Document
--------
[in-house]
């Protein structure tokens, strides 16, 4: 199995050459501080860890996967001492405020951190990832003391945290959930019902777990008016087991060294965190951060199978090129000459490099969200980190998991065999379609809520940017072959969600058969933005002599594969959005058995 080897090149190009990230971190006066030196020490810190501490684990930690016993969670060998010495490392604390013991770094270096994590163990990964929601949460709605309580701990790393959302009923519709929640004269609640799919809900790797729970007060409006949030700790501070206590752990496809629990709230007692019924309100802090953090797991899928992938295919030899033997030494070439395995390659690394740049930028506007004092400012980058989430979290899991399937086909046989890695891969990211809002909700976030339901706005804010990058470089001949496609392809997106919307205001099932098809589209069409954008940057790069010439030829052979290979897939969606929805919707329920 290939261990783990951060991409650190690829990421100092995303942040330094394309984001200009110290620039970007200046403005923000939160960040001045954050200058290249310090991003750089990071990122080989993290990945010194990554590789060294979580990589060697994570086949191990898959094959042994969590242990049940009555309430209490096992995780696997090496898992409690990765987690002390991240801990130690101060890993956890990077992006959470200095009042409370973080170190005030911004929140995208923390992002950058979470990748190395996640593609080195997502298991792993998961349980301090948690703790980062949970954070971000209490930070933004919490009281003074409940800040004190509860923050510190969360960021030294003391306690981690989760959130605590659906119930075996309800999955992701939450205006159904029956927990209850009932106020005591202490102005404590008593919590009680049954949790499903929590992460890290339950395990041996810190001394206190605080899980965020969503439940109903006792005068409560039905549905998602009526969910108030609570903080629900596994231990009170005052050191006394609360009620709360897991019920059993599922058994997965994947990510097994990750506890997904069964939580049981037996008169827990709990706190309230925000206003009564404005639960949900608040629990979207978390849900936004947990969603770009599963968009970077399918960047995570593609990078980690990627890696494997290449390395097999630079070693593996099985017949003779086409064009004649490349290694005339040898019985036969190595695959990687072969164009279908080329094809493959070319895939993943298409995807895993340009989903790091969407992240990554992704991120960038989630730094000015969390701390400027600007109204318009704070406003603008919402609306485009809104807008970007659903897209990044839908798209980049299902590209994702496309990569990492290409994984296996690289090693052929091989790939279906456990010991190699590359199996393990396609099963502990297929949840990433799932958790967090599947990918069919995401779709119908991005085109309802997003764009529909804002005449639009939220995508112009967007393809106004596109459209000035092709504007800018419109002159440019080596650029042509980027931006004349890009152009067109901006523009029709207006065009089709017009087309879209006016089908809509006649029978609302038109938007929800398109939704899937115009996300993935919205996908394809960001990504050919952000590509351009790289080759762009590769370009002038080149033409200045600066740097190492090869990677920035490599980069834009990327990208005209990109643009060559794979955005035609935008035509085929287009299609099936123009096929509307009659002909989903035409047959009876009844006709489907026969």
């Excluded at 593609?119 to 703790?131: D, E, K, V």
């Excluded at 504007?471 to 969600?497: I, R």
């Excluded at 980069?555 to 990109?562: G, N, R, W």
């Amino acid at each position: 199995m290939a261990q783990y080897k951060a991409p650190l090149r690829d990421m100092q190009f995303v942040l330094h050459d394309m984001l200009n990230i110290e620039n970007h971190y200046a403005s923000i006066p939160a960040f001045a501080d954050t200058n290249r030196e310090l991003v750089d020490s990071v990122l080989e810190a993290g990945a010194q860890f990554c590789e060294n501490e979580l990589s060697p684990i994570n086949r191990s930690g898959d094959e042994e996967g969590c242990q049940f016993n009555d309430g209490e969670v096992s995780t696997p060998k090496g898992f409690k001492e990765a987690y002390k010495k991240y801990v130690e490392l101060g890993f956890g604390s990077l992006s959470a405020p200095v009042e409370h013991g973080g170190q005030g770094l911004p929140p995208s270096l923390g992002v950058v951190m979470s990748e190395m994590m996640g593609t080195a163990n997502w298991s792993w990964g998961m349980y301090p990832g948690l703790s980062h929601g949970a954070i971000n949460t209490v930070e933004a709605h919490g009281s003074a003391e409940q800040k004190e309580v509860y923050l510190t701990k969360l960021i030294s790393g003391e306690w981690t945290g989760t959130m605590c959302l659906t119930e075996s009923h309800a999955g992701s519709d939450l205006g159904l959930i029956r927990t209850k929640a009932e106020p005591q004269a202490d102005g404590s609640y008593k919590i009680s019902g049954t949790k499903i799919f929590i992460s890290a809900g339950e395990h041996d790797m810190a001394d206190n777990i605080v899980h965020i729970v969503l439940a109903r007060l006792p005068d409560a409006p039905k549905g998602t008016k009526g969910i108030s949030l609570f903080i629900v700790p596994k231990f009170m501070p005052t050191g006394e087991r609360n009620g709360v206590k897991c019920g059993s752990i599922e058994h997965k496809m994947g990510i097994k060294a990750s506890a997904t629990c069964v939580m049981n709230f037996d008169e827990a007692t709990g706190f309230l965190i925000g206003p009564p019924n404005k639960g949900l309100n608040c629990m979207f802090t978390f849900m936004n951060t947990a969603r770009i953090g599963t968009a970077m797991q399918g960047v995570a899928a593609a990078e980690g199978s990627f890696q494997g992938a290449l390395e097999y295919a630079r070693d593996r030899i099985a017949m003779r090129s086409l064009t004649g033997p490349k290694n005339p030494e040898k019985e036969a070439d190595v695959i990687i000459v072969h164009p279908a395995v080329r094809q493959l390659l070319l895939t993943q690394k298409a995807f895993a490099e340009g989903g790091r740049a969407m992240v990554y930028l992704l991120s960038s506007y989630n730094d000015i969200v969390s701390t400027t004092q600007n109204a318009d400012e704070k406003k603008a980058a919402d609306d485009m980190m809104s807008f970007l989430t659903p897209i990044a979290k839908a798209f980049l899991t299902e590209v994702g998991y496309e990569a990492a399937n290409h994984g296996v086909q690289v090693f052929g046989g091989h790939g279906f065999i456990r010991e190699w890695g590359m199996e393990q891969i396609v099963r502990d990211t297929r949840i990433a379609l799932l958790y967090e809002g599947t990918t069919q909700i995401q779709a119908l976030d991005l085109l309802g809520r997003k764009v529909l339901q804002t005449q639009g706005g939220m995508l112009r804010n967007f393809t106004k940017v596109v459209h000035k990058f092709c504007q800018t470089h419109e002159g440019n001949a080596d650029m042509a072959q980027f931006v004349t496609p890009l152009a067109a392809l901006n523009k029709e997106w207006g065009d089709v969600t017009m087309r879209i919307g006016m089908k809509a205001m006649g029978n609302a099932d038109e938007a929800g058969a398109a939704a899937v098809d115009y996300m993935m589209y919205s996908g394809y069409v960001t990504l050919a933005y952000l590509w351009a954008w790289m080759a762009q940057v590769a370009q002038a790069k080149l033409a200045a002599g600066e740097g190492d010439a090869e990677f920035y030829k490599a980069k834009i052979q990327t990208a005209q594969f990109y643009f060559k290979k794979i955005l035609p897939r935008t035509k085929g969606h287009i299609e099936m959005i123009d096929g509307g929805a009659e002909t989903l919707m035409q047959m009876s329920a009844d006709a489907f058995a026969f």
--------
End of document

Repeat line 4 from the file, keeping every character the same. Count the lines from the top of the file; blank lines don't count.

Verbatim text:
């Excluded at 504007?471 to 969600?497: I, R």